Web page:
Childhood obesity has been linked to numerous medical conditions. These conditions include, but are not limited to, fatty liver disease, sleep apnea, Type 2 diabetes, asthma, hepatic steatosis (fatty liver disease), cardiovascular disease, high cholesterol, cholelithiasis (gallstones), glucose intolerance and insulin resistance, skin conditions, menstrual abnormalities, impaired balance, and orthopedic problems.25,46 Until recently, many of the above health conditions had only been found in adults; now they are extremely prevalent in obese children. Although most of the physical health conditions associated with childhood obesity are preventable and can disappear when a child or adolescent reaches a healthy weight, some continue to have negative consequences throughout adulthood.46 In the worst cases, some of these health conditions can even result in death. Below, three of the more common health problems associated with childhood obesity are discussed, diabetes, sleep apnea, and cardiovascular disease.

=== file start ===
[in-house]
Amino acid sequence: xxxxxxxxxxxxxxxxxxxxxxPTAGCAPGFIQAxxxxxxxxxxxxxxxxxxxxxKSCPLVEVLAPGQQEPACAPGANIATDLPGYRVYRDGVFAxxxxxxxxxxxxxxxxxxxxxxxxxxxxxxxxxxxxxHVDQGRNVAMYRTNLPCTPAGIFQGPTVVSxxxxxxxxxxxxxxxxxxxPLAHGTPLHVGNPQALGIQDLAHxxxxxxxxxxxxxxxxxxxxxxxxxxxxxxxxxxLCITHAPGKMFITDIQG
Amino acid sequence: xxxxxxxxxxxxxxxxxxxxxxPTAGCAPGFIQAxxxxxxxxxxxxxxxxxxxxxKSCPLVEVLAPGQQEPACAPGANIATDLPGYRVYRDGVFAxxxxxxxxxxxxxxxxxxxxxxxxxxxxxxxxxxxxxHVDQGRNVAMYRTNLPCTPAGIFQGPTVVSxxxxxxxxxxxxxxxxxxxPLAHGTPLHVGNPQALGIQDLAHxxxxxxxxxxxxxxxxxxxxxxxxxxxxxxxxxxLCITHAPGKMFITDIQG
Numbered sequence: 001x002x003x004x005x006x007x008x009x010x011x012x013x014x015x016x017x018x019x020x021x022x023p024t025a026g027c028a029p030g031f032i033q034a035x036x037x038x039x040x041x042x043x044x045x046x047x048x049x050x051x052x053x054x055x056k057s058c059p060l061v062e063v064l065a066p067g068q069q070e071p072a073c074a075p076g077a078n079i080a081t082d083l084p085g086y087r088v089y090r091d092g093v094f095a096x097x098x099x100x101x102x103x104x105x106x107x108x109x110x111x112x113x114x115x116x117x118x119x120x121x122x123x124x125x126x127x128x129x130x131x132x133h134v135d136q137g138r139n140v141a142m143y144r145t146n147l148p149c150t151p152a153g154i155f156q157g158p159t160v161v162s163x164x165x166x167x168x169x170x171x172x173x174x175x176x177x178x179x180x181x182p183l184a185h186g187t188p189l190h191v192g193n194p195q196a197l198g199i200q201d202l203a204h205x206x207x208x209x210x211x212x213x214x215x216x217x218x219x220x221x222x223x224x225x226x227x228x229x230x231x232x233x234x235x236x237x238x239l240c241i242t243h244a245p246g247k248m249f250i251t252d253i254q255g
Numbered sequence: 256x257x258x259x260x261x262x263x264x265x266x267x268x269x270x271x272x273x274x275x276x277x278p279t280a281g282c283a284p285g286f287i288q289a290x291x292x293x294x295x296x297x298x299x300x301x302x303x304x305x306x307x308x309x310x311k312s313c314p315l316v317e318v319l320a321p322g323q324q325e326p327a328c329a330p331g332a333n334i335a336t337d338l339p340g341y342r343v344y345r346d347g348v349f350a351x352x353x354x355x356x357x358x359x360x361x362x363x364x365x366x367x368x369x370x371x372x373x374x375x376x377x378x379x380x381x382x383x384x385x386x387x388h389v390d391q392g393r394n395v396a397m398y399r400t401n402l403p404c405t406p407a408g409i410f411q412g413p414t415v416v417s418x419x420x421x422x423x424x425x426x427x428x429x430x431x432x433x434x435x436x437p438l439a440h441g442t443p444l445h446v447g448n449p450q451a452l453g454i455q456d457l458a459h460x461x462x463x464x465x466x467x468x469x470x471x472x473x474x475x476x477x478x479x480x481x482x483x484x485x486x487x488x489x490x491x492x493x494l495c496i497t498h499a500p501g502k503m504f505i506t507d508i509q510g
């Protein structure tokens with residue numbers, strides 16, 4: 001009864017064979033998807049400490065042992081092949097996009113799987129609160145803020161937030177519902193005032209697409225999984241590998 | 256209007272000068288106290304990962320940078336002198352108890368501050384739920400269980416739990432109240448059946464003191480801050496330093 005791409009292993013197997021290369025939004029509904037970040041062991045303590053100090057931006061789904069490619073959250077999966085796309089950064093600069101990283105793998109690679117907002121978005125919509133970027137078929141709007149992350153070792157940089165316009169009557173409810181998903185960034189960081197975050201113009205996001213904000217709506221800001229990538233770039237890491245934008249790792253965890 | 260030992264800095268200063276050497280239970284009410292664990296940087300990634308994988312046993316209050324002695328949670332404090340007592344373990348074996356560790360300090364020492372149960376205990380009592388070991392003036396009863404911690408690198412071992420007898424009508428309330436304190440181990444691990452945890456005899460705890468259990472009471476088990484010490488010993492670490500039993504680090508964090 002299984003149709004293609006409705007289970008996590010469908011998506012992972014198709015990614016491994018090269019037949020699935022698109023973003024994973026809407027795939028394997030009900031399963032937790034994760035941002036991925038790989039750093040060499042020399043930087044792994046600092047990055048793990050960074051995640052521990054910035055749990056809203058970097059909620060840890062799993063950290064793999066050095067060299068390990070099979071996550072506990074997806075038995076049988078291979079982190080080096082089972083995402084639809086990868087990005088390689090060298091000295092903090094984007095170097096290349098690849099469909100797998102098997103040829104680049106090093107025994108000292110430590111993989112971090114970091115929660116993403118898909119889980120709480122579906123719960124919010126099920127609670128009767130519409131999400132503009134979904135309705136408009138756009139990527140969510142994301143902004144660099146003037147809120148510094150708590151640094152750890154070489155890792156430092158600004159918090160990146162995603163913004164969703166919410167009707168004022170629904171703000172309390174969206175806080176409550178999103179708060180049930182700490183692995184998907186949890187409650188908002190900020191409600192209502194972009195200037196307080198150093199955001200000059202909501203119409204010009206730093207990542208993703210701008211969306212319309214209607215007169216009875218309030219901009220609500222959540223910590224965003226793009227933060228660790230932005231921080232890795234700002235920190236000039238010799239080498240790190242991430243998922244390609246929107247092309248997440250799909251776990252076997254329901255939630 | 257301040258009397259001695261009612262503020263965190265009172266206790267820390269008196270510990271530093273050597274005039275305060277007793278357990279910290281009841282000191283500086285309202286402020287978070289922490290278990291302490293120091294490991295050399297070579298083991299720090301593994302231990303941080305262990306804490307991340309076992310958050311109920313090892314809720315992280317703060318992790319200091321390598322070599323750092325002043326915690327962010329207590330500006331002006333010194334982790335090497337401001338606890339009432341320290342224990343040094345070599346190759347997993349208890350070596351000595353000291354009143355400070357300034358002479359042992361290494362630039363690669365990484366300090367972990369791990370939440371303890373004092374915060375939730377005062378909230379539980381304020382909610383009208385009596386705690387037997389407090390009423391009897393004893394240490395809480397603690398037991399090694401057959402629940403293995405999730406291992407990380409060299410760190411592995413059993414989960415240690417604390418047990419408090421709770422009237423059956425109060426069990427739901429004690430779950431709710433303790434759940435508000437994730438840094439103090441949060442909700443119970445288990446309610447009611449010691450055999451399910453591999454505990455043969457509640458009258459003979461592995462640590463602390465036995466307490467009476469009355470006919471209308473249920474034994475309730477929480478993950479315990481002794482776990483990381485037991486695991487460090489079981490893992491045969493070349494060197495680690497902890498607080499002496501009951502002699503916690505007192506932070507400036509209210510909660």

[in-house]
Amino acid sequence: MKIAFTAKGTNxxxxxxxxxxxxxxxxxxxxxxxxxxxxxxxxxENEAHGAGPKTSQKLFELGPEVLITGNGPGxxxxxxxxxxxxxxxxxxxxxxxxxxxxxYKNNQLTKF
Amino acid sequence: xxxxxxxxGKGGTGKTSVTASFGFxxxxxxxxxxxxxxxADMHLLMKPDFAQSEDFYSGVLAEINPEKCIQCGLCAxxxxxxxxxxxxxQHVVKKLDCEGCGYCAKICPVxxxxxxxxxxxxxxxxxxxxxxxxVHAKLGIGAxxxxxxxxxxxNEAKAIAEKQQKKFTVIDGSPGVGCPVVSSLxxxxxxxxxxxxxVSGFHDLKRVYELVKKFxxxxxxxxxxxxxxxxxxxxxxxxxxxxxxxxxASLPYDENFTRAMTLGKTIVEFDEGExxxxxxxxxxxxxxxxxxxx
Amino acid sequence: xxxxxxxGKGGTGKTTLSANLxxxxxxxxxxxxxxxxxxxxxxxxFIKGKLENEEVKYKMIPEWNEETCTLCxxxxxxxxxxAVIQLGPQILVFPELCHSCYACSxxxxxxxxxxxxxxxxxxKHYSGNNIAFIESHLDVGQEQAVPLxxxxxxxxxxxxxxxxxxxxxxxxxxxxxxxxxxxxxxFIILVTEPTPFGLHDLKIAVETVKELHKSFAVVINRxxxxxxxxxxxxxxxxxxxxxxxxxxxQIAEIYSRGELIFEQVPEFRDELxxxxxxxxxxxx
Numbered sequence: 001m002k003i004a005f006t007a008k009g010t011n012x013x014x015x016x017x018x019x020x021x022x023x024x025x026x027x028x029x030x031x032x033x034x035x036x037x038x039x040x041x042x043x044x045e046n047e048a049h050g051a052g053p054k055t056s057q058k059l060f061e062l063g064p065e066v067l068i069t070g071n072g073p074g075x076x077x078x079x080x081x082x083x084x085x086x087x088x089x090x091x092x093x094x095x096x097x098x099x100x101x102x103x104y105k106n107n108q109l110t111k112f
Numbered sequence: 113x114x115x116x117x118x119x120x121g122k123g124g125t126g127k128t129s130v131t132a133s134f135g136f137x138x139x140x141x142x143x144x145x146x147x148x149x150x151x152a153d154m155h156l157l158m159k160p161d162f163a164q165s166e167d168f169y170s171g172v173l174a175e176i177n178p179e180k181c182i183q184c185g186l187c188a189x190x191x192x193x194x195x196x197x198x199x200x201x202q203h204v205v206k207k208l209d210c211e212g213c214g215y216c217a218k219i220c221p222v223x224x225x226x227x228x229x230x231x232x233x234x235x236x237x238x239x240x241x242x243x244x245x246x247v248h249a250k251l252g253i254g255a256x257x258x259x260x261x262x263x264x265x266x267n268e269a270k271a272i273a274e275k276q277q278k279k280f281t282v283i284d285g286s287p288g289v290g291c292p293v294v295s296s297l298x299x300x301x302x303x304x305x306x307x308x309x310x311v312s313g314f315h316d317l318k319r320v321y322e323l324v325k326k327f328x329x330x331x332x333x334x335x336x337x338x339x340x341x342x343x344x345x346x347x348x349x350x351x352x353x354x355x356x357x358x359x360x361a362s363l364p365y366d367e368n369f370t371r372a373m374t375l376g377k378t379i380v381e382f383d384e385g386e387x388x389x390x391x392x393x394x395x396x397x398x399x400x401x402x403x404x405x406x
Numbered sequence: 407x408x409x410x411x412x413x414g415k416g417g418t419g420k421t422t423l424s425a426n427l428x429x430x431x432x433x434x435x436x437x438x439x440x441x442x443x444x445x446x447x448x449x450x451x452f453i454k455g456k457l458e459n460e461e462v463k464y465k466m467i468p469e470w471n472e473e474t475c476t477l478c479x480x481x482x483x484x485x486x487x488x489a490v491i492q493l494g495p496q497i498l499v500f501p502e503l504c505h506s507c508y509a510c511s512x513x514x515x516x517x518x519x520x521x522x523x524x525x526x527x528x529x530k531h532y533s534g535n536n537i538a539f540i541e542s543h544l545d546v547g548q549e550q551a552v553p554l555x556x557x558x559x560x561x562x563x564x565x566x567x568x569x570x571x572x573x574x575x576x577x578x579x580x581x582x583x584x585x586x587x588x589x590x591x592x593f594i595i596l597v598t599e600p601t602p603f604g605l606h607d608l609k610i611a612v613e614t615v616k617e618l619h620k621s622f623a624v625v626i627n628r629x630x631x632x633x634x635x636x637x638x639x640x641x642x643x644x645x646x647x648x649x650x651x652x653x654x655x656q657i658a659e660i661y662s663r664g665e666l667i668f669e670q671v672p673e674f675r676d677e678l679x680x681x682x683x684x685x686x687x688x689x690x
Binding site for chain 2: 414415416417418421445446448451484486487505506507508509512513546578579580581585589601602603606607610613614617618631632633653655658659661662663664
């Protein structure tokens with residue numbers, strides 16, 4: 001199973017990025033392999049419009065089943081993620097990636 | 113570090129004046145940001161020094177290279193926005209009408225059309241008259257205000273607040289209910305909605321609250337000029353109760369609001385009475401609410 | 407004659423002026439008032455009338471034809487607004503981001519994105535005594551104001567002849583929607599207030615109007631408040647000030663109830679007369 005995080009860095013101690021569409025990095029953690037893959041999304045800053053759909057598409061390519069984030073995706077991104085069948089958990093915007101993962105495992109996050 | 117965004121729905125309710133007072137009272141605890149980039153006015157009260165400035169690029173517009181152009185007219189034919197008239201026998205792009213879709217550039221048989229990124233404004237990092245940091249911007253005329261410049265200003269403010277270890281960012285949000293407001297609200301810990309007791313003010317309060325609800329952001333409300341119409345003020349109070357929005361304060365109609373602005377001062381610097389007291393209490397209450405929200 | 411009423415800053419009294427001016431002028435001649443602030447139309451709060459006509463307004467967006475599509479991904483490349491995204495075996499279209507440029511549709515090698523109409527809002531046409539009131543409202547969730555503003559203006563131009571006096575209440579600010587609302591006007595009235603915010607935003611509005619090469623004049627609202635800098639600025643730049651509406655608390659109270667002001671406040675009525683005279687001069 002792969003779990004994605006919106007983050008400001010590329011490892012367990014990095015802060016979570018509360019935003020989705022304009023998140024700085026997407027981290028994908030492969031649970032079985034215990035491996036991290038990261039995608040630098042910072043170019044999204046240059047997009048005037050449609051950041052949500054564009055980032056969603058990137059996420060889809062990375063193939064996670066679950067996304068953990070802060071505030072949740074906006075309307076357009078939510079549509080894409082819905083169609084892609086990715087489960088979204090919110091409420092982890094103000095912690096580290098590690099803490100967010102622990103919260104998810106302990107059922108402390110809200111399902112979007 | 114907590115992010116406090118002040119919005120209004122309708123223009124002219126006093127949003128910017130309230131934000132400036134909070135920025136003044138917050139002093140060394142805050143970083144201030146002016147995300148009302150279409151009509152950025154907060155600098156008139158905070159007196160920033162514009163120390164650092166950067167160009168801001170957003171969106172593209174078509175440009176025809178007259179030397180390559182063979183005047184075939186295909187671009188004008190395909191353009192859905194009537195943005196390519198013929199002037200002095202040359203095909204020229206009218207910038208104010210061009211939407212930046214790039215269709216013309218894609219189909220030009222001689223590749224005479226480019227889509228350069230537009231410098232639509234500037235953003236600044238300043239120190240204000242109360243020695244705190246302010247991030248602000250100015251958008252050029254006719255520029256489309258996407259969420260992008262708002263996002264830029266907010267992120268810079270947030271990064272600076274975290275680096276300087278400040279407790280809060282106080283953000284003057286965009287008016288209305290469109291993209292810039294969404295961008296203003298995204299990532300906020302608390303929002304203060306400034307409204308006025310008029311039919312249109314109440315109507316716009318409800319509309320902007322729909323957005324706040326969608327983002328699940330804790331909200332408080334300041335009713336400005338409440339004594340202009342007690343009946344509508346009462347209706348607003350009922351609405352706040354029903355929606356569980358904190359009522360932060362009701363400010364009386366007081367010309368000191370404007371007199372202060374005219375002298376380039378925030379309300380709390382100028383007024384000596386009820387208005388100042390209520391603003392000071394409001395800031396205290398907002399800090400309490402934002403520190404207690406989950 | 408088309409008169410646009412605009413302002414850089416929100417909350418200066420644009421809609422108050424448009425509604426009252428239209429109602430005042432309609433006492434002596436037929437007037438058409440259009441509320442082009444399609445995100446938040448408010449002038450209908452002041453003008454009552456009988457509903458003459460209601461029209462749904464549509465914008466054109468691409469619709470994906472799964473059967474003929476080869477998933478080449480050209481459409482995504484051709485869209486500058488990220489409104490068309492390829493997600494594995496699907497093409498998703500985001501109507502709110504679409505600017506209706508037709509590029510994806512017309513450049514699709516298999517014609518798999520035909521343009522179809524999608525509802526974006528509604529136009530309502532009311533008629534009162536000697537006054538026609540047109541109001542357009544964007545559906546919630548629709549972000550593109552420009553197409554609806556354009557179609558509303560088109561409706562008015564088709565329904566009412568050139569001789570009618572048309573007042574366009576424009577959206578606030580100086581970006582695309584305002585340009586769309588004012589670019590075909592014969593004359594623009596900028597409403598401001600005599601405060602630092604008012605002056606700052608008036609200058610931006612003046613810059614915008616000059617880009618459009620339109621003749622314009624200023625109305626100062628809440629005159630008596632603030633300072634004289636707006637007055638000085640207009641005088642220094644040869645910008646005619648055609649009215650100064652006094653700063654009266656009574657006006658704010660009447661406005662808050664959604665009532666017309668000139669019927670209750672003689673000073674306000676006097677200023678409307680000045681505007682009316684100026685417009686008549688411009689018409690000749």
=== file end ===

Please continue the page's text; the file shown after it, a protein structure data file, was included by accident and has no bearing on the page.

Adult Obesity2) Type 2 Diabetes3) Hypertension4) High Cholesterol5) Cancer6) Sleep Apnea7)Heart Disease8) Bone-Joint problems/Gout9) Non- Alcoholic Fatty liver Disease (NAFLD)
Health Risks Now
Childhood obesity can have a harmful effect on the body in a variety of ways. Obese children are more likely to have:
High blood pressure and high cholesterol, which are risk factors for cardiovascular disease (CVD). In one study, 70 percent of obese children had at least one CVD risk factor, while 39 percent had two or more.
Increased risk of impaired glucose tolerance, insulin resistance and type 2 diabetes.
Breathing problems, such as sleep apnea and asthma
Joint problems and musculoskeletal discomfort
Fatty liver disease, gallstones and gastro-esophageal reflux (i.e., heartburn).
Obese children and adolescents have a greater risk of social and psychological problems, such as discrimination and poor self-esteem, which can continue into adulthood.
Health Risks Later
Obese children are more likely to become obese adults. Adult obesity is associated with a number of serious health conditions including heart disease, diabetes and some cancers.
If children are overweight, obesity in adulthood is likely to be more severe.